Why do we go to church on Sunday?

The question of why we go to church on Sunday consists of two questions: 1) Why do we go to church, and 2) Why on Sunday?  We will try to find the answer to the first question at a later time, but let us now examine the second question: why do we go to church on Sunday and not some other day?

As we read in the Scripture, our Lord and Savior Jesus Christ rose from the dead on the “first day of the week.”[1] And those who are in the Body of Christ which is the Church[2] also rise together with Him from the death of sin to eternal life with God.[3] In celebration of this new life, Christians have been gathering together on the first day of the week in order to give thanks to their Savior.  The word Eucharist comes from the Greek word which means thanksgiving.  In the Jewish calendar—our Lord and His Apostles were Jews—the week begins on the day which we now call Sunday.  Thus, from the very beginning of the Church, Christians gathered together on Sunday in order to take part in the Eucharist.[4]

The day on which Christ rose from the dead—the first day of the week—also signifies the first day of the New Covenant established between God and us.  It is the first day of the new world, in which sin and death no longer have power over people, because Christ conquered both; and in His Body, the Church, we also can be free from the bondage of sin and death.   This is why Sunday is so important to us, and this is why we devote this day to God and give thanks to Him—take part in the Eucharist.

Early Christians even chose to call this day the Lord’s Day instead of Sun Day.  In Russian, we call this day the Resurrection Day, and in Slavonic we say the No-Work Day in order to remind us that on this day, our earthly cares must be laid aside because our Lord is calling us to come to His house.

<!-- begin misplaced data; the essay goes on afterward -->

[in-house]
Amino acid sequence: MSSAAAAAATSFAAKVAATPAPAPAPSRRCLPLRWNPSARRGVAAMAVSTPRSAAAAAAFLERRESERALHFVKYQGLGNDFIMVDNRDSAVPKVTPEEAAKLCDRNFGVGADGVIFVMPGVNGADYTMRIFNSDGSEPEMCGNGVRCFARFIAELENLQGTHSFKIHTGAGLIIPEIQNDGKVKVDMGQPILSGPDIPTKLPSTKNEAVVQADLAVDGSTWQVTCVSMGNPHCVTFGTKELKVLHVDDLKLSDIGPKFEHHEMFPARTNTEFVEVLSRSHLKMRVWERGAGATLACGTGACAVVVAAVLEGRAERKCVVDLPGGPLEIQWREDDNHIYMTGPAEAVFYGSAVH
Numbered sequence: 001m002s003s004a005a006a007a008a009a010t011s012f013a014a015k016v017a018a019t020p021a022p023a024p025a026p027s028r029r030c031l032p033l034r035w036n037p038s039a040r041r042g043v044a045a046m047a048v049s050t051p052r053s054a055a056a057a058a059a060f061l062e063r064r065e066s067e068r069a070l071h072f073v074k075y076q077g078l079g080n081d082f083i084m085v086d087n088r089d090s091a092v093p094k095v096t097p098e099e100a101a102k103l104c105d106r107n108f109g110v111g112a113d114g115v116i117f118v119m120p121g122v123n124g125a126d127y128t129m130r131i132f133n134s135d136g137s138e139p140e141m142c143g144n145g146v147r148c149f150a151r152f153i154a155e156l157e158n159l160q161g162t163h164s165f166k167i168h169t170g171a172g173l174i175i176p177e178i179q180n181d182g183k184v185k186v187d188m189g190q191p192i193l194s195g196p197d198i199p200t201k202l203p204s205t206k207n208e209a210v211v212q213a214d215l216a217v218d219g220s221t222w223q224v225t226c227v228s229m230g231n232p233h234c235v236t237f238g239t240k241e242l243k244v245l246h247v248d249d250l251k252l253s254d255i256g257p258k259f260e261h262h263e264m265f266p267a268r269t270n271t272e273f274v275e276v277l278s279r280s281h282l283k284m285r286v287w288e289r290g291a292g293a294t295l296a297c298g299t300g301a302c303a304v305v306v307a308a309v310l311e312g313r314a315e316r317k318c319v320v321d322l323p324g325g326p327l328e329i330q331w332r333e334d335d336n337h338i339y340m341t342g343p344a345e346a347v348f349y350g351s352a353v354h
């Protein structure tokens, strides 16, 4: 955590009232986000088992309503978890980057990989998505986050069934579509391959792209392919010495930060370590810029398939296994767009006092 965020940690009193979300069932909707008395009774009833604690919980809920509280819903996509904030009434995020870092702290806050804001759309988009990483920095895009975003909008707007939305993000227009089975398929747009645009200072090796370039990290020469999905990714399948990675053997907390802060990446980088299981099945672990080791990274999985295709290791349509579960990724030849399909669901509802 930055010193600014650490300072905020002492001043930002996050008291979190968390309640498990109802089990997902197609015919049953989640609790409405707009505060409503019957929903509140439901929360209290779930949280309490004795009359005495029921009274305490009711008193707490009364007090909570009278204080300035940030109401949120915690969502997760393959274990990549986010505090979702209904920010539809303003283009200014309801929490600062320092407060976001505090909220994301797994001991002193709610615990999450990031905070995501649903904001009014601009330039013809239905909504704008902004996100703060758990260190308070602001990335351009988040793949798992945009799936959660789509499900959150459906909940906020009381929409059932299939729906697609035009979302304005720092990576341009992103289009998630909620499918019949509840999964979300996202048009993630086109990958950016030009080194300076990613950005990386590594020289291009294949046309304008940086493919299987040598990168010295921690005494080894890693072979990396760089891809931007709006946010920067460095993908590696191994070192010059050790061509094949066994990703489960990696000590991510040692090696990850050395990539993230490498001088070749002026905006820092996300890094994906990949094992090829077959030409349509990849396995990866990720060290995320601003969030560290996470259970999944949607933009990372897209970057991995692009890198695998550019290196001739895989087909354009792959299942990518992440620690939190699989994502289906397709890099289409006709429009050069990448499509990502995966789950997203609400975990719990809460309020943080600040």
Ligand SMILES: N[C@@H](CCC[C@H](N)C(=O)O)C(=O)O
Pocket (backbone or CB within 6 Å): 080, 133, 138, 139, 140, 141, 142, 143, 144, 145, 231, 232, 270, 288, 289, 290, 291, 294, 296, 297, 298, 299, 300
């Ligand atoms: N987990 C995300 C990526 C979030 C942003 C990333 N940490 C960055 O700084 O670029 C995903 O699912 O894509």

Of course, we can thank God on any other day of the week as well.  If fact, very soon after the Church was established, Christians began to celebrate the Eucharist every time they came together to commemorate the life of a saint or an event from the life of Christ.  Those were the origins of the Church holidays which we celebrate.  Nowadays, in most parishes, we celebrate the Eucharist on Sundays and on major Church holidays, and in monasteries, divine services may be celebrated almost every day.  In later lessons, we will learn about various other services of the Orthodox Church and how they relate to the most important one—the Eucharist.

Questions for discussion:

  1. How do Christians honor the day of Christ’s resurrection?
  2. If for some reason you cannot come to church, what do you usually do on Sunday morning?

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[1] See Matt. 28:1; Mark 16:2; Luke 24:1; and John 20:1

 

[2] See Eph. 5:23 and Col. 1:24

[3] Rom. 6:4

[4] See, for example, Acts 20:7, also Didache 14 and Justin Martyr, First Apology 67 (ca. 160).